Host Carole Dorn-Bell speaks with Keith Kline, superintendent of West Clermont Local Schools, about the effects of poverty on learning. The two discuss the steps that West Clermont School District is taking to fight the impact of poverty on learning.
Keith says that when they started the conversation about the barriers to learning caused by poverty last year, West Clermont eclipsed 40 percent free and reduced lunches, which was a high for them.
As they crossed this threshold, they also recognized that the number was likely low due to the number of students who don’t file the paperwork to qualify for free or reduced lunches.
Carole says that it’s easy from the outside to speculate on what the effects of poverty are on learning, but you can’t really know the nuances unless you’re in the situation. So she asked how they came to realize that it was something that needed to be addressed by the district.
“We see poverty play itself out in a variety of different ways in our schools,” Keith says. “When they come to us hungry or they come to us without basic needs being met, it’s tough to work through those issues so that they can be as successful in the classroom as is possible.”
He says West Clermont has adopted a district-wide approach to create a courageous culture to remove those barriers to help students reach their full potential. He says that can be related to poverty, needs at home or behavioral issues.
“If we don’t have kids ready to learn when they get into class, they don’t stand as good of chance as their peers at being successful,” Keith says.
He says they’re working to close the gaps to help students achieve. One of the first pieces of the puzzle was to go through an awareness phase to help everyone understand what low income means and how poverty affects learning.
Once the staff understood poverty and its effects on learning a bit more, every employee went through a poverty simulation to give the staff better understanding.
“A big ‘Ah-ha!’ was that transportation is probably the biggest issue that a lot of families have to deal with,” Keith says.
Finally, the school is partnering with Health Source of Ohio to create a school-based health center to provide dental, vision, mental health and general health services. They will also be providing transportation to the center and back to school.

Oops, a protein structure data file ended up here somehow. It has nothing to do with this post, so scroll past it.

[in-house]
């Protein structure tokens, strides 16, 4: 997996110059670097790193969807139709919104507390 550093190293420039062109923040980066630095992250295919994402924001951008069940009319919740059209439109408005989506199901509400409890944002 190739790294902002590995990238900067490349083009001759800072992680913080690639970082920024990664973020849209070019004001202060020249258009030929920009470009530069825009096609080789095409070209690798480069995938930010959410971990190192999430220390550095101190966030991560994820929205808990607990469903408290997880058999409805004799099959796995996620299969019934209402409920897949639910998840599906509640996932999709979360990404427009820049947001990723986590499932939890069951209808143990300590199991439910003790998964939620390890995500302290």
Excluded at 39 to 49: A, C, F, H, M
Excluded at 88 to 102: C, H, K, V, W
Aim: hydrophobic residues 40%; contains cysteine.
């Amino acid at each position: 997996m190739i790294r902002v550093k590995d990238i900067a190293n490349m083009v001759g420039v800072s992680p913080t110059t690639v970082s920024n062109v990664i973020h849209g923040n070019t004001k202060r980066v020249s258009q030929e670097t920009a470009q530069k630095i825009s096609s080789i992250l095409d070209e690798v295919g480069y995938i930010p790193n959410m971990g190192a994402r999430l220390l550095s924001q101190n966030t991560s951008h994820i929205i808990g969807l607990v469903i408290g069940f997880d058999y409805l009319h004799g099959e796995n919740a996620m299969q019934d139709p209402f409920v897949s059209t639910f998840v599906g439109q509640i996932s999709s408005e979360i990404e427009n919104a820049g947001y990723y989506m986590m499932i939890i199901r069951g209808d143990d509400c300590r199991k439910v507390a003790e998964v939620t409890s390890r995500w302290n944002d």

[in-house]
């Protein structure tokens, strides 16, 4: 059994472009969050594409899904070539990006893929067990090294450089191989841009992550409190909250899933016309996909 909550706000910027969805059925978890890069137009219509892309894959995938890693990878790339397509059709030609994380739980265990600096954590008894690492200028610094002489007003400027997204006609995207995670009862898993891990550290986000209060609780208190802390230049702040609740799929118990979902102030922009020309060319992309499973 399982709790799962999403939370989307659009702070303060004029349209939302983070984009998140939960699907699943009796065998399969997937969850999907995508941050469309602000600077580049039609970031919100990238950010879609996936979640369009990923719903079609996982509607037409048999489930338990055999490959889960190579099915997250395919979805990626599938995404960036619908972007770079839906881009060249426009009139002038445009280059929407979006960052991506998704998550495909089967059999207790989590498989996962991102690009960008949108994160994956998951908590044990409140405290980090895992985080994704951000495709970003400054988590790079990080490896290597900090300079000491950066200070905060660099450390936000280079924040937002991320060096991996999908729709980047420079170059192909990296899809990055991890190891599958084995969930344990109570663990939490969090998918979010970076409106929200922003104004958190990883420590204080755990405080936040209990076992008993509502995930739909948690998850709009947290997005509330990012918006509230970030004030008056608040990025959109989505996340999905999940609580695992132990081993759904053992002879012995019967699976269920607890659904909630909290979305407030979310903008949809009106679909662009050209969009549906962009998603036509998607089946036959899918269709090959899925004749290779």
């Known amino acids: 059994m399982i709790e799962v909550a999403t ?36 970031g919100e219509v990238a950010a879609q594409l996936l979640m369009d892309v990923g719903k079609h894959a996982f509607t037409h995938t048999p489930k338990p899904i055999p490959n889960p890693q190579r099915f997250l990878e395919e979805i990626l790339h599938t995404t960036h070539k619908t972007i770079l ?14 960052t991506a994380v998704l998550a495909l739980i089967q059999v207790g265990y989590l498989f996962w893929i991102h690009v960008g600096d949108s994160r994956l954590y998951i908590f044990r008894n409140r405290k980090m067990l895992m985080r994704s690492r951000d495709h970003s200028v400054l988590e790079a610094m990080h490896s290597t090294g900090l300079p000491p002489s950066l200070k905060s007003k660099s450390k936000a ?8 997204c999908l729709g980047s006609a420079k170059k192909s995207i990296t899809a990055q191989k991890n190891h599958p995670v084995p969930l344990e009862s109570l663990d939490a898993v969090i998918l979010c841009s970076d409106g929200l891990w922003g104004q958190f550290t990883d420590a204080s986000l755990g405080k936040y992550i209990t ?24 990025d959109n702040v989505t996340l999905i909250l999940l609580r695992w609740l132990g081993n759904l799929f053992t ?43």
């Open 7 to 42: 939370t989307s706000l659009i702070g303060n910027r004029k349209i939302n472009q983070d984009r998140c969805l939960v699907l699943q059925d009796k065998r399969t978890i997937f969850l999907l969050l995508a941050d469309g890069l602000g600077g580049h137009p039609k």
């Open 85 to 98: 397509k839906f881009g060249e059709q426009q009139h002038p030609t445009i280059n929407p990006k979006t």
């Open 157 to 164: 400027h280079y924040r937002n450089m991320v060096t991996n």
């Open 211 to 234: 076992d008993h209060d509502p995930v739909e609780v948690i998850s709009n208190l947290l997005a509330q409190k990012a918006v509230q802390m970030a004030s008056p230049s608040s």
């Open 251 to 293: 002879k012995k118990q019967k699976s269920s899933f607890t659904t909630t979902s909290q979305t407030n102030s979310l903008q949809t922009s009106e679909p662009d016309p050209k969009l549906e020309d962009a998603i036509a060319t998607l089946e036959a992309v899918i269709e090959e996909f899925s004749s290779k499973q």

Keith offers an example of a student who may be struggling in school not because he can’t read, but because he can’t see. They can transport the student to the health center and get him in glasses and back to school before the end of the day.
“For us that is a major opportunity to change the child’s trajectory as they move forward through our system and then become contributing and successful adults,” Keith says.
He says that this process has been a great way to focus on the role that teachers and support staff can play in the life of a child.
“Whose life are you going to be able to change this year?” Keith asks. “Not just around the academic piece, but around the personal piece.”
Carol references that her personal “Ah-ha” moment about the effects of poverty on learning came when reading, “The Blind Side.”
Keith says that the staff has been overwhelmingly positive about the campaign to raise awareness about the effects of poverty on learning and to remove the barriers associated with poverty.
Carol asks Keith if there was any pushback from the staff or community, and he said that having Manny Scott speak really helped. He says Manny opened a lot of eyes on the barriers to learning that poverty causes and helped emphasize how much of a difference in a student’s life a teacher can make every day.
Carole and Keith speak about a partnership with Mercy Health to help bring community members into the school. The West Clermont HealthPlex serves as a community health club located at the new West Clermont High School. The new HealthPlex will be a revenue stream for the district once they get past the break-even point.
Keith is hopeful that whenever it’s time to put a levy on the ballot, the school will have more community support since they’ve had the opportunity to see the facility themselves.
Carole asks how they will measure and define success with regards to addressing the effects of poverty on learning within the district.
Keith says that within a month the HealthPlex had 1,000 memberships, and that continues to grow, which he sees as a huge success.
“Folks are very literally buying into what we have to offer as a public school district,” Keith says.
He says that their goal to being a hub of the community is being realized through tactics like having a merged football team.
But he says the biggest measure will be to see if the community supports the school district financially so they can continue on the path that West Clermont Local Schools is on.
Carole applauds their efforts and says she’s never seen a school district address the effects of poverty on learning in such an innovative way.
“If we don’t take care of our kids and the needs that they’re bringing to us, we’re not going to be able to be where we want to be academically,” Keith says. He says the barriers need to be taken on head on so students can reach their full potential.
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